The anti-war left makes inroads in Israel: An interview with Standing Together’s Uri Weltmann

Standing Together protest

First published in Spanish at Nueva Sociedad. Translation by LINKS International Journal of Socialist Renewal.

Omdim be’Yachad-Naqef Ma’an, or Standing Together, is a Jewish-Arab social movement in Israel that organises against racism and occupation, and for equality and social justice. Federico Fuentes interviewed Standing Together’s national field organiser Uri Weltmann to discuss the growing peace movement inside Israel, how activists are confronting far-right extremists seeking to disrupt humanitarian aid going to the Gaza Strip, and the left’s recent electoral breakthroughs.

How has the peace movement inside Israel developed since October 7? Is the movement succeeding in shifting broader public opinion and undermining Prime Minister Benjamin Netanyahu's war efforts? And what role is Standing Together playing within the movement?

After October 7, Israeli police limited people’s right to protest and exercise their civil liberties. It was nearly impossible to get a permit to demonstrate. That is why, throughout October and November, most of the actions taken by the peace movement — including Standing Together — were not necessarily marches, pickets and rallies. Instead, we hung posters in the streets saying “Only Peace Will Bring Security” and organised emergency Jewish-Arab conferences in two dozen towns and cities across Israel, where we raised the demand for an alternative path to the government’s.

Only in December did openings arise to organise larger protests. Standing Together brought hundreds to a rally in Haifa on December 16, and then a further thousand people to a rally in Tel Aviv on December 28. In January, we had our first march against the war. A coalition of more than 30 peace movements and organisations mobilised thousands of people.

The latest, and biggest, demonstrations to date occurred in early May, involving Palestinian and Jewish speakers and thousands marching in Tel-Aviv under the banner “Stop the War, Bring Back the Hostages”. One of the speakers was Shachar Mor (Zahiru), whose nephew is being held captive in Gaza by Hamas. He strongly criticised the cynicism of Netanyahu and his allies, and called for an end to the war in order to bring back the hostages. Avivit John — a survivor of the massacre in Kibbutz Beeri, where many innocent civilians were murdered on October 7 — told the crowd that while she lost friends and family in the Hamas attack, she did not want us as a society to lose our humanity as well. She called for an end to the war, recognition of the shared humanity of Israelis and Palestinians alike, and to bring back the hostages.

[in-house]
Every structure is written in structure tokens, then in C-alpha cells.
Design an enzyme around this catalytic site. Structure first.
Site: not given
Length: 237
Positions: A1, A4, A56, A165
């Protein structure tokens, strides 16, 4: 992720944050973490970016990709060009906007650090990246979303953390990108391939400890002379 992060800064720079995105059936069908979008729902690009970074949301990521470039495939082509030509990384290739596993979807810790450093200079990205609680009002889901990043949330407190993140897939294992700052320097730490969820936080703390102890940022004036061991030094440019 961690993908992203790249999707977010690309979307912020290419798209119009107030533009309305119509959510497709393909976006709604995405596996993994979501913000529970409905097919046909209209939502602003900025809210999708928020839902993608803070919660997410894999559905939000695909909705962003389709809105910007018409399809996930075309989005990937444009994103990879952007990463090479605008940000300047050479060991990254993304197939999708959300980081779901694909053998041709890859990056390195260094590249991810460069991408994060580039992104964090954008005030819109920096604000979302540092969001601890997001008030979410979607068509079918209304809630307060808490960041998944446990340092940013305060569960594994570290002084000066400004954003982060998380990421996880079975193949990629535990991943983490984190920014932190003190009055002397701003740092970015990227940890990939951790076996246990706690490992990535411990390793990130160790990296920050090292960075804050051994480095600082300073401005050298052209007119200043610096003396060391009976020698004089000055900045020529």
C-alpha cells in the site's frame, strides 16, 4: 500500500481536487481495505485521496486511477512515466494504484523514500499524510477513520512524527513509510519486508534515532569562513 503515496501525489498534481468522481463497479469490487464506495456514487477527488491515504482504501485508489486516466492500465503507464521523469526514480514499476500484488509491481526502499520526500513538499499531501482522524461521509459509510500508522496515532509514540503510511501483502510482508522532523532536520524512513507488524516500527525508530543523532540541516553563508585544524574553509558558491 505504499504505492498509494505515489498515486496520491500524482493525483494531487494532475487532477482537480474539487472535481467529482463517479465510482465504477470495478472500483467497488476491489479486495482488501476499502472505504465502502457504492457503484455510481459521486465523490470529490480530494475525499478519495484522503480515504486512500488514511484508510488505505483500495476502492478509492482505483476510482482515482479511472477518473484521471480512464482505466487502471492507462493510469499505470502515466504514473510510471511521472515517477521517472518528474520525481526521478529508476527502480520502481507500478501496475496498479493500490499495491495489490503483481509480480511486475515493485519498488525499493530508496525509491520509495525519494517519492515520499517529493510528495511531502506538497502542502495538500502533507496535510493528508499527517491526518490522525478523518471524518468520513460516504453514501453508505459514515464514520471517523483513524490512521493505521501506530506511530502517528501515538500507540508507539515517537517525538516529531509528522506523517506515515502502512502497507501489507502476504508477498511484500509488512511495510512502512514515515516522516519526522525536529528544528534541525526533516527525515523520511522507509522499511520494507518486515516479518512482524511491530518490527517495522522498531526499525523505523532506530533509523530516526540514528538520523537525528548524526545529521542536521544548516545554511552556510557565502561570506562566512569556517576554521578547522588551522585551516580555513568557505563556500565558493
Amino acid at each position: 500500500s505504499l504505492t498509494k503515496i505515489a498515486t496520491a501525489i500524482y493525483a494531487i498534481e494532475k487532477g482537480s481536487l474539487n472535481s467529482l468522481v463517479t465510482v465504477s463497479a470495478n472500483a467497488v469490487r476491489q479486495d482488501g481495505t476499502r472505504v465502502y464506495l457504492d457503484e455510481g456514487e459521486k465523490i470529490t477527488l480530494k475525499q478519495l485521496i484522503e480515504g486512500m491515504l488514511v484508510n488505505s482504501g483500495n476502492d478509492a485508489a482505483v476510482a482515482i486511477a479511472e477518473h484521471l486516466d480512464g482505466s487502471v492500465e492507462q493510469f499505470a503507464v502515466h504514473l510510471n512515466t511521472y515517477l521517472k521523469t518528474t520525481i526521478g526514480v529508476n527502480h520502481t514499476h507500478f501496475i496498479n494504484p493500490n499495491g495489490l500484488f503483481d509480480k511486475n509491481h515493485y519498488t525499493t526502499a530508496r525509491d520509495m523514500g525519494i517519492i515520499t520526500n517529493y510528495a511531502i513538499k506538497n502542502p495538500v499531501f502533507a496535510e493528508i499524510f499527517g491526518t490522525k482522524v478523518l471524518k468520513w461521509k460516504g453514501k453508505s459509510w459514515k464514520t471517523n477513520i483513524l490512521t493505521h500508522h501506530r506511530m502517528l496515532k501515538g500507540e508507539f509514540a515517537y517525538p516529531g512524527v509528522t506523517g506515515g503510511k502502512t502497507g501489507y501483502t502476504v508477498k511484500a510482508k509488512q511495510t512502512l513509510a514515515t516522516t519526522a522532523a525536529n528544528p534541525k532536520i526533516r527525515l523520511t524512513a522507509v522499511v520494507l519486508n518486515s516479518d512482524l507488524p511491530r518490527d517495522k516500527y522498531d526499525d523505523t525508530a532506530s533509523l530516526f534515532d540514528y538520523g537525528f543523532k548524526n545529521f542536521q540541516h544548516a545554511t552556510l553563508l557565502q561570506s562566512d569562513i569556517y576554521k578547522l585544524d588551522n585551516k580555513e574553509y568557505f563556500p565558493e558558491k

Alongside these protests, there has also been a broader movement calling for the return of the hostages, which over time has developed along explicit anti-war lines. In the first months after October 7, families and friends of the hostages organised demonstrations to raise awareness of their plight, with a strategy of lobbying the government. However, two months ago this movement shifted to the left when it linked up with anti-Netanyahu organisations. They publicly announced that they had concluded that Netanyahu and his government were an obstacle to a ceasefire agreement that could return the hostages alive. Instead, they said, what is needed is mass protest to bring down his government and force early elections.

A few weeks ago, when negotiations between Israel and Hamas seemed on the brink of an agreement, this protest movement openly declared that they supported ending the war in exchange for returning the hostages. They held one of their mass Saturday protests in Tel Aviv — attended by tens of thousands — under the slogan “Hostages, not Rafah”, and popularised the chant “Kulam Tmurat Kulam” (in Hebrew: “[Release] all of them, in exchange for all of them”), which is a call to release the thousands of Palestinian prisoners held in Israeli jail in exchange for the Israeli hostages taken by Hamas.

This broad protest movement has shifted the political climate in Israel: the right-wing parties that comprise Netanyahu’s coalition are losing ground. While they won 64 out of 120 seats in the Knesset (Israel’s parliament) in the November 2022 elections, according to recent polls they would only win between 45-52 seats if new elections were held. This spells trouble for Netanyahu, as it not only means he would be ousted from office, but that his trial over corruption would resume and he could possibly end up in jail. So he has both a political and personal interest in a prolonged and protracted war on Gaza, as demanded by his far-right coalition partners. He knows that a hostage deal will most likely mean an end to the war. And an end to the war would mean the unravelling of his coalition government and early elections — and with that political defeat and possibly loss of personal freedom. This assessment is what brought the broad protest movement calling for the return of the hostages to realise that Netanyahu is an obstacle that must be removed, rather than a mere stakeholder that requires convincing.

Standing Together members have intervened in these mass protests — in Tel-Aviv, Haifa, Jerusalem, Beer Sheva, Kfar Sava, Karmiel and elsewhere — stressing that the safe return of the hostages must be accompanied by an end to the war and the further killing of innocent civilians in Gaza. Furthermore, our message is that the long-term safety of both peoples will not be achieved through war, occupation and siege. Rather, it requires ending the occupation and achieving an Israeli-Palestinian peace that recognises the right of everyone to live in freedom, security and independence. There are millions of Jewish-Israelis in our country — and none of them are going anywhere. There are also millions of Palestinians in our country — and none of them are going anywhere. This must be the starting point of our politics if we are to imagine a future of justice, liberation and security.

Standing Together established the Humanitarian Guard to counter far-right attempts to block aid convoys going to Gaza. What can you tell us about this initiative?

In mid-May, the Israeli public’s attention was drawn to images and videos of violent and extremist settlers, known as “The Hilltop Youth”. They attacked supply trucks at the Tarqumiah checkpoint — a main border crossing connecting the Occupied Palestinian West Bank with Israel — that were carrying food and other humanitarian aid to the besieged Gaza Strip. Palestinian truck drivers were beaten and hospitalised, bags of flour and wheat trashed and trucks set on fire. These violent attacks received media attention, locally and internationally, especially as they occurred in front of Israeli soldiers and police who did nothing to stop them.